Sprains and Strains

Sprains and Strains – Soft tissue injuries and Physicool

The term ‘soft tissue injury’ usually refers to injuries to muscles, ligaments and tendons. These injuries are a common problem in relation to sporting, recreational and physical activities.

A sprain is when ligaments are overstretched or torn. The ankle, knee and wrist are the most common sites for a sprain [1]. A sprained ankle is a common (and painful) injury (See Physicool and ankle sprains section).

A strain occurs when a muscle is overstretched and partially torn. Commonly strained muscles include the hamstrings, gastrocnemius and soleus (calf muscles), quadriceps (front upper leg) and lumbar (lower back)muscles.

Rapid and appropriate treatment is needed to ensure a quick recovery from both sprains and strains. Delayed or inappropriate management can slow down the recovery and healing process.

Physicool cooling and compression bandage is ideal for both first aid and to help the recovery and rehabilitation process.

Grades of sprains and strains

Broken twisted ankle - running sport injury. Male runner touching foot in pain due to sprained ankle. - stock photoAnkle sprains have been graded according to their severity: [2]:

  • Grade I — mild stretching of the ligament complex without joint instability.
  • Grade II — partial rupture of the ligament complex without joint instability.
  • Grade III — complete rupture of the ligament complex with instability of the joint.

Muscle strains are graded depending on the severity of muscle fibre damage [3]:

First degree strain — this is a mild strain when only a few muscle fibres are stretched or torn. Although the injured muscle is tender and painful, it has normal strength (but power may be limited by pain).

Second degree strain — this is a moderate strain, with a greater number of injured fibres and more severe muscle pain and tenderness. There is also mild swelling, noticeable loss of strength, and sometimes a visible bruise.

Third degree strain — this strain tears the muscle all the way through, sometimes producing a ‘pop’ sensation as the muscle rips into two separate pieces or shears away from its tendon. There is a total loss of muscle function.


Symptoms

Sprains

The severity of symptoms depends on the seriousness of the sprain Common signs and symptoms include [1]:

  • Tenderness, swelling and inflammation.
  • Bruising.
  • Functional loss (for example pain on weight-bearing).
  • Pain.

Strains

The symptoms of a muscle strain depend on the severity of the injury and include [1]:

  • Pain in the affected muscle.
  • Bruising (haematoma) as a result of tearing of the intramuscular blood vessels.
  • Swelling.
  • Muscle function may be affected, depending on the severity of the strain.

Management

Early and effective management is important to help aid the healing process and lower the risk of recurrent injury. The immediate application of a Physicool cooling bandage to the affected area will help reduce pain and inflammation.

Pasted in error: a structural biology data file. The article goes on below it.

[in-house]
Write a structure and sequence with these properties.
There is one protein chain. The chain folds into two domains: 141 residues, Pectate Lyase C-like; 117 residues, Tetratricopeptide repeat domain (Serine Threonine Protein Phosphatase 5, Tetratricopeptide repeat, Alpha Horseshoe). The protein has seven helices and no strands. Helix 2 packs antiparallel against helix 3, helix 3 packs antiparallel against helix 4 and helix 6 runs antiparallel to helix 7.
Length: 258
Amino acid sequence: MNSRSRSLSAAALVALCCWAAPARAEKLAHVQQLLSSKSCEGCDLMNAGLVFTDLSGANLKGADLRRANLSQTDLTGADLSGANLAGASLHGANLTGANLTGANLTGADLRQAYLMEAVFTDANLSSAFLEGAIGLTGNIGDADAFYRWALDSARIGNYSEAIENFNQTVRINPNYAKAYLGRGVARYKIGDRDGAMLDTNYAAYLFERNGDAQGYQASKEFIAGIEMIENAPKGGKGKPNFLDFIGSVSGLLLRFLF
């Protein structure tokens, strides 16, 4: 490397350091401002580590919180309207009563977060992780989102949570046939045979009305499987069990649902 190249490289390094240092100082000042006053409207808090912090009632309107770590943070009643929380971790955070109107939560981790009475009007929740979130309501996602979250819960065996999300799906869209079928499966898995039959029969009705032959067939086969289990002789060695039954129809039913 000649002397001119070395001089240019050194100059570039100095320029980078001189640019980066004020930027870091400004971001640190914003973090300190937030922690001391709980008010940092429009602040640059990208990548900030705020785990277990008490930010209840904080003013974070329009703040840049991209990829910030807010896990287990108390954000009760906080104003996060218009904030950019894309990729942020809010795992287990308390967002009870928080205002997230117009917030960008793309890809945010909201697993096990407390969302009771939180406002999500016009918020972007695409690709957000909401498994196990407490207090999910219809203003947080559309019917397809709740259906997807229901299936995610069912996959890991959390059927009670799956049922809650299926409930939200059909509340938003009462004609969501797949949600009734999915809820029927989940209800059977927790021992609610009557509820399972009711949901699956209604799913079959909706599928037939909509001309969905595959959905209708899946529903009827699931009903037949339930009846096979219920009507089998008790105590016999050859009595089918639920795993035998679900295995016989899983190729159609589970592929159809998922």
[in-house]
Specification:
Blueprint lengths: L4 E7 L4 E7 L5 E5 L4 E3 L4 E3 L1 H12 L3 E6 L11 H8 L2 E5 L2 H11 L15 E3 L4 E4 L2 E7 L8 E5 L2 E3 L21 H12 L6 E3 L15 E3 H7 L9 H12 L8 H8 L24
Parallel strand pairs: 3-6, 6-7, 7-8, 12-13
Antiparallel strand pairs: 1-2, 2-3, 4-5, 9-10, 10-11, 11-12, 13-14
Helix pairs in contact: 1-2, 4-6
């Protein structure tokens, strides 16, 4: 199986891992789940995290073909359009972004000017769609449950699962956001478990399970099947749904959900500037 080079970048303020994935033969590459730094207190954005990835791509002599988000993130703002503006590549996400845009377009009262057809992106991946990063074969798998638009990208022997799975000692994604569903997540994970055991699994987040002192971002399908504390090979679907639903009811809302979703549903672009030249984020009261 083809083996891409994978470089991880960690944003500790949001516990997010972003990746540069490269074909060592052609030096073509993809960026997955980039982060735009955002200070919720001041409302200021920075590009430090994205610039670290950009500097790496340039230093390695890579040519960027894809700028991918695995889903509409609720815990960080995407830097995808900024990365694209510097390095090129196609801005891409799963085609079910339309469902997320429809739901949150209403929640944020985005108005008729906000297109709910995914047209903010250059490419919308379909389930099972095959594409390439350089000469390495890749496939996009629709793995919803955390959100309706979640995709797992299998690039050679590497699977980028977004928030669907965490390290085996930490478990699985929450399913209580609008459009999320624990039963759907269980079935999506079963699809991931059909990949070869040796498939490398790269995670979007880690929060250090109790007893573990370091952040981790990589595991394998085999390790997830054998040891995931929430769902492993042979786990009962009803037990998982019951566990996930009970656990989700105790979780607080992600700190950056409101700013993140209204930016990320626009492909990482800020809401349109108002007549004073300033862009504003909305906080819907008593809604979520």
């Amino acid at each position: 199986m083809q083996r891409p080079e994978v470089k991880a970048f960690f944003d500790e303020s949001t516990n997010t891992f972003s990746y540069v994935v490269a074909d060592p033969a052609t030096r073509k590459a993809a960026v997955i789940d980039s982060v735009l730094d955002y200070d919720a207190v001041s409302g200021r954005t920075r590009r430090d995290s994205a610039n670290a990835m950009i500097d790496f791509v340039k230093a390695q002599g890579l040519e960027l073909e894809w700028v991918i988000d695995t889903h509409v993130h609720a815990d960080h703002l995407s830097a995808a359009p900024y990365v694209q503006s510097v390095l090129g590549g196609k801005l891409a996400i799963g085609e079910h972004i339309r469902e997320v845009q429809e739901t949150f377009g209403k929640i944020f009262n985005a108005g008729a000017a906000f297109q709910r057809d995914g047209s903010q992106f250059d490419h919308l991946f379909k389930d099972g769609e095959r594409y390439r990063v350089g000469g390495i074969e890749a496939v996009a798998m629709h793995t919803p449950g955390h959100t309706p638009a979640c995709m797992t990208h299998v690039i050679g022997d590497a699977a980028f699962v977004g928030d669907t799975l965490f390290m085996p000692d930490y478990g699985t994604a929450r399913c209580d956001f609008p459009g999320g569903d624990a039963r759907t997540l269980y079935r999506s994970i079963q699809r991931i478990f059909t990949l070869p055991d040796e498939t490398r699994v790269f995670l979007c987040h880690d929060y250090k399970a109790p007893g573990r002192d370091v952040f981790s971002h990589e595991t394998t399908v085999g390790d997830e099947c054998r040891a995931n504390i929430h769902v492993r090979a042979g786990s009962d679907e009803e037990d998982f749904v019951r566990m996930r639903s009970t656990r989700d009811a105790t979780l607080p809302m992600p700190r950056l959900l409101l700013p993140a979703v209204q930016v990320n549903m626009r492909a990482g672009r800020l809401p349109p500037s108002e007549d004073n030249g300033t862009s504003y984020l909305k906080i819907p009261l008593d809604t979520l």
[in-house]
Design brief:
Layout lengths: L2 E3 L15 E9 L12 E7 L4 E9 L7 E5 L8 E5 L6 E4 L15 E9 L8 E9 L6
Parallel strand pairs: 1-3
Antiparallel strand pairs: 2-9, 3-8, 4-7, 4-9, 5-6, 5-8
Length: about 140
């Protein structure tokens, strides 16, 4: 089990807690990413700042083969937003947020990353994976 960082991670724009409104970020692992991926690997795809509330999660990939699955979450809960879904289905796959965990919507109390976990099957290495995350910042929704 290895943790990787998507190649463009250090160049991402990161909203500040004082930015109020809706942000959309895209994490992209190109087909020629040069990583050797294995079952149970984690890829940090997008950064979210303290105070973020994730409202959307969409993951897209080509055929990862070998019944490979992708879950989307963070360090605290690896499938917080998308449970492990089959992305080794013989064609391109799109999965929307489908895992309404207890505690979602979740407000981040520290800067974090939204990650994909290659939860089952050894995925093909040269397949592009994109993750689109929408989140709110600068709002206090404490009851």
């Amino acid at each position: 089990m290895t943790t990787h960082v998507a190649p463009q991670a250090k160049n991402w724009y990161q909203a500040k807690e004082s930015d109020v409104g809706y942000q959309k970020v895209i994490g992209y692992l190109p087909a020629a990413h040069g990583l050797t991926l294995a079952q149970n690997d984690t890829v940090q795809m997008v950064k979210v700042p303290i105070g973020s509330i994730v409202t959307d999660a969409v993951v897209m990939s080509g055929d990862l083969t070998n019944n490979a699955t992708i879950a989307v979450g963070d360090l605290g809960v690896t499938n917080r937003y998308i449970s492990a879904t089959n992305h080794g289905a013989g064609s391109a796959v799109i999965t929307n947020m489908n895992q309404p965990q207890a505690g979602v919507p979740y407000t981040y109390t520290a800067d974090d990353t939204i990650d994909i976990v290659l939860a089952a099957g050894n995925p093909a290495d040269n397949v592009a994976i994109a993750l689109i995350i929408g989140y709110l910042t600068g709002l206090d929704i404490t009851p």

In the early stages, soft tissue injuries are characterized by an acute inflammatory response. PRICE (Protection, rest, ice, compression and elevation) is one of the most recommended approaches for managing soft tissue injuries. The aim is to minimise bruising, swelling, inflammation and pain, to provide the optimum conditions for healing to take place.

The PRICE approach is recommended by NHS Choices [4]:

  • Protection – protect the injured area from further injury – using a support bandage if appropriate
  • Rest – stop the activity that caused the injury, and rest the injured joint or muscle. Avoid activity for the first 48 to 72 hours after injury.
  • Ice – for the first 48 to 72 hours after the injury, apply ice therapy
  • Compression – compress or bandage the injured area to limit any swelling and movement that could damage it further.
  • Elevation – keep the injured area raised and supported on a pillow to help reduce swelling.

Physicool provides the key elements of PRICE treatment in a single reusable bandage, providing protection, cooling and compression to help the healing process. A Physicool bandage can be applied to the affected area and the cooling effect recharged by spraying Physicool Coolant directly onto the bandage whilst it is in position.

Physicool is a unique cotton bandage impregnated with a patented liquid which draws heat away from the affected tissues by rapid evaporation. While the deep tissues are being cooled, the simultaneous compression effects of Physicool modify the inflammatory response to soft tissue damage which helps promote healing.

A pharmacist or a healthcare professional will be able to recommend the most suitable pain relieving medication.

When to seek medical advice

Seek medical advice if:

  • There is significant pain, swelling or loss of function
  • You think there may be a fracture
  • Your sprain or strain does not improve with home treatments (rest, cooling therapy, over the counter medications).

References

  1. www.cks.nhs.uk/sprains_and_strains
  2. Struijs, P. and Kerkhoffs, G. (2007) Ankle sprain. Clinical Evidence. BMJ Publishing Group Ltd.www.clinicalevidence.com
  3. Jarvinen, T.A., Kaariainen, M., Jarvinen, M. and Kalimo, H. (2000) Muscle strain injuries. Current Opinion in Rheumatology 12(2), 155-161
  4. www.nhs.uk/Conditions/Sprains